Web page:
Cary Seeing More Development After Lowering Impact Fees
Posted September 13, 2006
CARY, N.C. — The number of housing permits has boomed in a Wake County town that reduced its impact fees, though it still has the highest charges in the region.
The town of Cary cut by 33 percent the impact fee that developers must pay on new houses to cover costs associated with growth. Those costs are typically passed on to the homebuyer.
Last year, Cary issued 1,500 building permits, twice as many as in 2004.
"We are very gratified to see it's beginning to grow again in a reasonable manner and in line with what our projections were," Cary Mayor Ernie McAlister said.
McAlister won the office of mayor in 2003, in a large part because he promised to restore growth. When he replaced Glen Lang, builders were paying about $9,000 for a 3,000-square-foot house. As a result, the town only issued 500 housing permits that year.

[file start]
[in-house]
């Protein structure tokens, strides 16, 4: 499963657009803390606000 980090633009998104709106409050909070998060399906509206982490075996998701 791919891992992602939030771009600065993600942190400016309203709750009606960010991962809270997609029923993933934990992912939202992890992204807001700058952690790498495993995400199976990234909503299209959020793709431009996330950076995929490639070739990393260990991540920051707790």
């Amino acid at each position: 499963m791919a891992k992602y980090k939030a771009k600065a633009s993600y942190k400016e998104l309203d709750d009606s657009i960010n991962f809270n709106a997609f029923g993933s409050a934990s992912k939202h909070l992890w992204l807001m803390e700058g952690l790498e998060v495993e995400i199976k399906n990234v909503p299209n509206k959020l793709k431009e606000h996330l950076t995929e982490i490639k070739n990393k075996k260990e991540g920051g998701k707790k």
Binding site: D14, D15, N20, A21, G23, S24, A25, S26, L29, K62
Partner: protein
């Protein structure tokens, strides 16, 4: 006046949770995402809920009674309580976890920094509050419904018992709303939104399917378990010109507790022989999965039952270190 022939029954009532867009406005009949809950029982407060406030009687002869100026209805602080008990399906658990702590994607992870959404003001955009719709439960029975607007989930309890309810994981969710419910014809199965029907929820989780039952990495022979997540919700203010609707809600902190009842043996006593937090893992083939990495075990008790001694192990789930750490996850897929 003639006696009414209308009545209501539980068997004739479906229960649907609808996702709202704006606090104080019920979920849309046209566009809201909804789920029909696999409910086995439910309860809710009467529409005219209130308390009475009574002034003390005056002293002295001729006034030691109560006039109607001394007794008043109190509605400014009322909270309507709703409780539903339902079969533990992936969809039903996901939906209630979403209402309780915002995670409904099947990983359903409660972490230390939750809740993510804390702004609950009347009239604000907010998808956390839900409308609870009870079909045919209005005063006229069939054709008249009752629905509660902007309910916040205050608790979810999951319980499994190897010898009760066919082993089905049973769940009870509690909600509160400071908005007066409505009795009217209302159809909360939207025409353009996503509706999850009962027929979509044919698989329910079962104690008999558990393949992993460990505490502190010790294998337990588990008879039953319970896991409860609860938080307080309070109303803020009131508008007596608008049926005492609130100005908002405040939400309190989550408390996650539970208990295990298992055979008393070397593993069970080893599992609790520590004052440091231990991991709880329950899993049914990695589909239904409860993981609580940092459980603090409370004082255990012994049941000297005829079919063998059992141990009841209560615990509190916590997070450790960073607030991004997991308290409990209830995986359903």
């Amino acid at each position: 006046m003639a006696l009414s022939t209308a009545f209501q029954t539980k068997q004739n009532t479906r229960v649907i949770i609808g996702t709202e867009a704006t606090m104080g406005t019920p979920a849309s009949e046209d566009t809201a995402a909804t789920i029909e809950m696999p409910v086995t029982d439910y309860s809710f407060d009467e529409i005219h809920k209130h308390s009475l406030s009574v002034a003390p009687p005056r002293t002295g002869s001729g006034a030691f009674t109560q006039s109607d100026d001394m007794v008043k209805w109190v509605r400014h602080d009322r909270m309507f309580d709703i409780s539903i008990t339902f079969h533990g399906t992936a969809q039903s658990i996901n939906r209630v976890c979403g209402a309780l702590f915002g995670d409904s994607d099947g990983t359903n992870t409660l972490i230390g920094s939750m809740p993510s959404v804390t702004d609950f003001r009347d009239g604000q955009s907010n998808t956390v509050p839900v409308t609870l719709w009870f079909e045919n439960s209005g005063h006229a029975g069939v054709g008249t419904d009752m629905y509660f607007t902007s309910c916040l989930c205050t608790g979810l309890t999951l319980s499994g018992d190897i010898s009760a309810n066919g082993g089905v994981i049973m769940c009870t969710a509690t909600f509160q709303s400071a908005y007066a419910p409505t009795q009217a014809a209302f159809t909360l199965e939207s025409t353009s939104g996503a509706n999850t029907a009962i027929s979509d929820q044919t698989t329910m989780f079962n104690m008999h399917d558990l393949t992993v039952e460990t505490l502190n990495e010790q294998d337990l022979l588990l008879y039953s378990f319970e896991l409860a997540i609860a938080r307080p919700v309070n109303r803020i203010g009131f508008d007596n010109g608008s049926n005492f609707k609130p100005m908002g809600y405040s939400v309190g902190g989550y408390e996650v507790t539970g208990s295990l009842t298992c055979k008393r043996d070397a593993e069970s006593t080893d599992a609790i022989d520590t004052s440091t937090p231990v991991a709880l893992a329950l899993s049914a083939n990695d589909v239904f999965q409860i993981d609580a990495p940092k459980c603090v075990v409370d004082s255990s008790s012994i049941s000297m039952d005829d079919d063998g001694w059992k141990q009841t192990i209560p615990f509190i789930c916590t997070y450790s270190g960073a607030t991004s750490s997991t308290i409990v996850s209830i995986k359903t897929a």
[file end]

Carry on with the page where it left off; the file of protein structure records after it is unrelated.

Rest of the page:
In 2004, Cary dropped impact fees. A year later, housing permits doubled. Now, fees on the same 3,000-square-foot house are about $5,500.
"While we're still the highest in the region, we're more reasonable now, and folks feel they can make a good investment in Cary," McAlister said.
Lang could not be reached for comment on Wednesday. Before the election, however, he had said Cary was on the right track with higher impact fees.
"You don't try to buy them down. You don't try to subsidize them," Lang told WRAL on Sept. 30, 2003. "What you do is build the most outstanding, high-quality town in the U.S. They come all on their own."
McAlister, however, argued that builders were not coming fast enough to keep down taxes per house. Now, he said, they are.
When Lang's administration raised impact fees, Cary growth had been at 12 to 14 percent. By the time Lang left office, growth had slowed to less than 2 percent. The current target is about 4 percent.